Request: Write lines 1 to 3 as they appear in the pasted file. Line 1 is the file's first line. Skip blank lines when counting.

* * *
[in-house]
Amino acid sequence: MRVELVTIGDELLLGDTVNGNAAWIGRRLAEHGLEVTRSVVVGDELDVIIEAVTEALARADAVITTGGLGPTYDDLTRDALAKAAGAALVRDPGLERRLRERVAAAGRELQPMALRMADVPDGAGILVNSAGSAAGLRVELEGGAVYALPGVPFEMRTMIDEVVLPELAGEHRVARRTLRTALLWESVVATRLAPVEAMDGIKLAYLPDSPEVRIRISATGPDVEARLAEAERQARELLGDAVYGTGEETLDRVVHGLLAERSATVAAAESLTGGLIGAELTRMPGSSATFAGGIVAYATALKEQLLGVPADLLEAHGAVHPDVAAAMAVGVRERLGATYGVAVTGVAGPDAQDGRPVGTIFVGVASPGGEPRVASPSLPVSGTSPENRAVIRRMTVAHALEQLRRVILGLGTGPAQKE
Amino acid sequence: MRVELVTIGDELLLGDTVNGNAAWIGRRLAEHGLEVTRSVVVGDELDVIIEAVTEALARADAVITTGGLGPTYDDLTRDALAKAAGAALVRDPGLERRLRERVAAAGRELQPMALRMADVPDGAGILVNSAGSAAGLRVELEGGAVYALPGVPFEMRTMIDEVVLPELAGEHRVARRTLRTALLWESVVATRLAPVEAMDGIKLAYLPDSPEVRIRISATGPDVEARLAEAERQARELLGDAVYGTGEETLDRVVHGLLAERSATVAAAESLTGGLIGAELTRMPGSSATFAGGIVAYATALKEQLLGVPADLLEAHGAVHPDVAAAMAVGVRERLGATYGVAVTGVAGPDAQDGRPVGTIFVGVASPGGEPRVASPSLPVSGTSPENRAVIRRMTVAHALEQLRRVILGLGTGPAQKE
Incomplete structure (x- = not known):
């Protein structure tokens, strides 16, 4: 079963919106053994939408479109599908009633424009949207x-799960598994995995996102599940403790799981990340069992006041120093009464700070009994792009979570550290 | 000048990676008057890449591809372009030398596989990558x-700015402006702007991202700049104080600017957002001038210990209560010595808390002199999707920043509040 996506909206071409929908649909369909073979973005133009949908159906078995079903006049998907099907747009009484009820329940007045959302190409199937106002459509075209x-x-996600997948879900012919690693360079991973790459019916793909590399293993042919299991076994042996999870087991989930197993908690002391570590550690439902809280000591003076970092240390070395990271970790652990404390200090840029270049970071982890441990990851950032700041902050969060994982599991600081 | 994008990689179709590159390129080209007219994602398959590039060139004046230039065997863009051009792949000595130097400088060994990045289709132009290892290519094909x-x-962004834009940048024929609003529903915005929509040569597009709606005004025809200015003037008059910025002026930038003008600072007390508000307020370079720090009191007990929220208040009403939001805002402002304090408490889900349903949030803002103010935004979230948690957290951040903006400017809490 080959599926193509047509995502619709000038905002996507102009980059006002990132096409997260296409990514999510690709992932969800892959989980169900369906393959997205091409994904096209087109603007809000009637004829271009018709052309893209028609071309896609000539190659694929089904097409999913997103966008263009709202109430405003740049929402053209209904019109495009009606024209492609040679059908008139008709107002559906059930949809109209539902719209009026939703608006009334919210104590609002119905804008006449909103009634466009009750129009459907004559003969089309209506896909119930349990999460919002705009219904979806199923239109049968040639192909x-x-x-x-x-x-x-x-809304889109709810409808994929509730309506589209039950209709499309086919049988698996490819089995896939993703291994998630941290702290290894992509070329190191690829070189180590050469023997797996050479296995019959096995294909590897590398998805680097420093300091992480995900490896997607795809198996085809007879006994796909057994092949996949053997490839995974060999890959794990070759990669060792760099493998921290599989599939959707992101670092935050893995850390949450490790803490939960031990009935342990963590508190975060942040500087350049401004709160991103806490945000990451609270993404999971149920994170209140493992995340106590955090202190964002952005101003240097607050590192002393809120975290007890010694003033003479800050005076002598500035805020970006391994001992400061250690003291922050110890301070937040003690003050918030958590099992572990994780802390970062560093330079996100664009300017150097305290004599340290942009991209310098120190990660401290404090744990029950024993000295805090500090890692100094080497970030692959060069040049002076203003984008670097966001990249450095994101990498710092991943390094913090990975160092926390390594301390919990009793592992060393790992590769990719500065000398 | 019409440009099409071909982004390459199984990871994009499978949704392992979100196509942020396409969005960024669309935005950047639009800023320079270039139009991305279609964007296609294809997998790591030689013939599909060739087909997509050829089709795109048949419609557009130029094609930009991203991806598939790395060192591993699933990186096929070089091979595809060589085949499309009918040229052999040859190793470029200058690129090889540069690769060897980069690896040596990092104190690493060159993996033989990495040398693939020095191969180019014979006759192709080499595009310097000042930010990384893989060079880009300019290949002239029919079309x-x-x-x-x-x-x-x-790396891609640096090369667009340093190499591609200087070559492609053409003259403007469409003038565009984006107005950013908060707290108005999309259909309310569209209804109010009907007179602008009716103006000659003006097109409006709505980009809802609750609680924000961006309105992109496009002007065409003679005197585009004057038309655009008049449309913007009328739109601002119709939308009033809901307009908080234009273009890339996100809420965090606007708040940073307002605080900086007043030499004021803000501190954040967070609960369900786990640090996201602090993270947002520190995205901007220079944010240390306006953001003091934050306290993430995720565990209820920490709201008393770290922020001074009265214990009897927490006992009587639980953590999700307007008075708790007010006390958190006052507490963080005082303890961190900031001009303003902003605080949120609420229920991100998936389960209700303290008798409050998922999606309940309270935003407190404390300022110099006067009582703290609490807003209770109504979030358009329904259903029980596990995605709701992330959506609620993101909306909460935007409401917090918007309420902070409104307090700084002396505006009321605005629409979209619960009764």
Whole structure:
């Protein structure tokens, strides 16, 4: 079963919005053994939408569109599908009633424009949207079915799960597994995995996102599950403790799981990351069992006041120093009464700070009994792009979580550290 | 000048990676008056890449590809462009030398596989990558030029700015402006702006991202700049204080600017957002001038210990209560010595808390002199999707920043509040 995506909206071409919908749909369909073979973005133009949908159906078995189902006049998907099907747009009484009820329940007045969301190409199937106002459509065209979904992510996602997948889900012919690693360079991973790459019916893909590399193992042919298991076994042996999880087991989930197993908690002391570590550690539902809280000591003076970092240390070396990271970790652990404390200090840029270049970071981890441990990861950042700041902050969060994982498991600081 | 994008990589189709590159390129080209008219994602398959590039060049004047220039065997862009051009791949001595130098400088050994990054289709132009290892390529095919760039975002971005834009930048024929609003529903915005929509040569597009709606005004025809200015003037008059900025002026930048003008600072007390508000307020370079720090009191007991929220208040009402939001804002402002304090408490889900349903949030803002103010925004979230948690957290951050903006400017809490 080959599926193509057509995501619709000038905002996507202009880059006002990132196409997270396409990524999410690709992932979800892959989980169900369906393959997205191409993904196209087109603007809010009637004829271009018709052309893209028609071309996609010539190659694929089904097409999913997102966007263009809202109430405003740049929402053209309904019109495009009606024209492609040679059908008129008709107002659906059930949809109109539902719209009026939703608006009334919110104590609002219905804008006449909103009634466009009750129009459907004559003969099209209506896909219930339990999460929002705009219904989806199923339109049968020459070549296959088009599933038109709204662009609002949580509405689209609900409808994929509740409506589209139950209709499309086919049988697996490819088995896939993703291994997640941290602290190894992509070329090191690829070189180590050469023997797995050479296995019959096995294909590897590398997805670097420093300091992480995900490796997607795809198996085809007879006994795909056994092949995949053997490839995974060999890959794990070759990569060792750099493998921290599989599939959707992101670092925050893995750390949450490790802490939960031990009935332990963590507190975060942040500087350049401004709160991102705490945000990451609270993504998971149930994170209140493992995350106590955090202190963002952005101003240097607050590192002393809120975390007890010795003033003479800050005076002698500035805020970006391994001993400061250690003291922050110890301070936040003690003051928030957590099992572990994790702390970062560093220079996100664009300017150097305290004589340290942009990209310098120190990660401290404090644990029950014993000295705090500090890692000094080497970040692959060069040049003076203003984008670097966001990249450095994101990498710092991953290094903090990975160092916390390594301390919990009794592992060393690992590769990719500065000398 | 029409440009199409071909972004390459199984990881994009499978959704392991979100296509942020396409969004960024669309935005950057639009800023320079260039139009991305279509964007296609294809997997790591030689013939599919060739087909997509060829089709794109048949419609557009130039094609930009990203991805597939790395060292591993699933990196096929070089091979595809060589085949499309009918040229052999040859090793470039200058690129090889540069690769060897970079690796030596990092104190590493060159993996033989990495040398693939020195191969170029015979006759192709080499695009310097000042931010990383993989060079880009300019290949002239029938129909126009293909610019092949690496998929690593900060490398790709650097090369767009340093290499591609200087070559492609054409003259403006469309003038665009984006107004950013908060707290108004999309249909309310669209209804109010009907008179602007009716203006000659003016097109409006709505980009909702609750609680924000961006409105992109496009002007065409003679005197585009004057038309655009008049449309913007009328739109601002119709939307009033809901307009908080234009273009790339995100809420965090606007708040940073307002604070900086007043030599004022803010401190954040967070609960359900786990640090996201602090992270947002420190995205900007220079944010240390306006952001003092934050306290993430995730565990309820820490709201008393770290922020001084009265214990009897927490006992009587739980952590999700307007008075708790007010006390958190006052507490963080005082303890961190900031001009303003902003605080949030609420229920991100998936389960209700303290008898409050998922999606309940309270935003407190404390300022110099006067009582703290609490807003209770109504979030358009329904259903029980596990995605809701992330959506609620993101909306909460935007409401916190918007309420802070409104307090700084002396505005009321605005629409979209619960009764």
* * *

[in-house]
Amino acid sequence: MRVELVTIGDELLLGDTVNGNAAWIGRRLAEHGLEVTRSVVVGDELDVIIEAVTEALARADAVITTGGLGPTYDDLTRDALAKAAGAALVRDPGLERRLRERVAAAGRELQPMALRMADVPDGAGILVNSAGSAAGLRVELEGGAVYALPGVPFEMRTMIDEVVLPELAGEHRVARRTLRTALLWESVVATRLAPVEAMDGIKLAYLPDSPEVRIRISATGPDVEARLAEAERQARELLGDAVYGTGEETLDRVVHGLLAERSATVAAAESLTGGLIGAELTRMPGSSATFAGGIVAYATALKEQLLGVPADLLEAHGAVHPDVAAAMAVGVRERLGATYGVAVTGVAGPDAQDGRPVGTIFVGVASPGGEPRVASPSLPVSGTSPENRAVIRRMTVAHALEQLRRVILGLGTGPAQKE
Amino acid sequence: MRVELVTIGDELLLGDTVNGNAAWIGRRLAEHGLEVTRSVVVGDELDVIIEAVTEALARADAVITTGGLGPTYDDLTRDALAKAAGAALVRDPGLERRLRERVAAAGRELQPMALRMADVPDGAGILVNSAGSAAGLRVELEGGAVYALPGVPFEMRTMIDEVVLPELAGEHRVARRTLRTALLWESVVATRLAPVEAMDGIKLAYLPDSPEVRIRISATGPDVEARLAEAERQARELLGDAVYGTGEETLDRVVHGLLAERSATVAAAESLTGGLIGAELTRMPGSSATFAGGIVAYATALKEQLLGVPADLLEAHGAVHPDVAAAMAVGVRERLGATYGVAVTGVAGPDAQDGRPVGTIFVGVASPGGEPRVASPSLPVSGTSPENRAVIRRMTVAHALEQLRRVILGLGTGPAQKE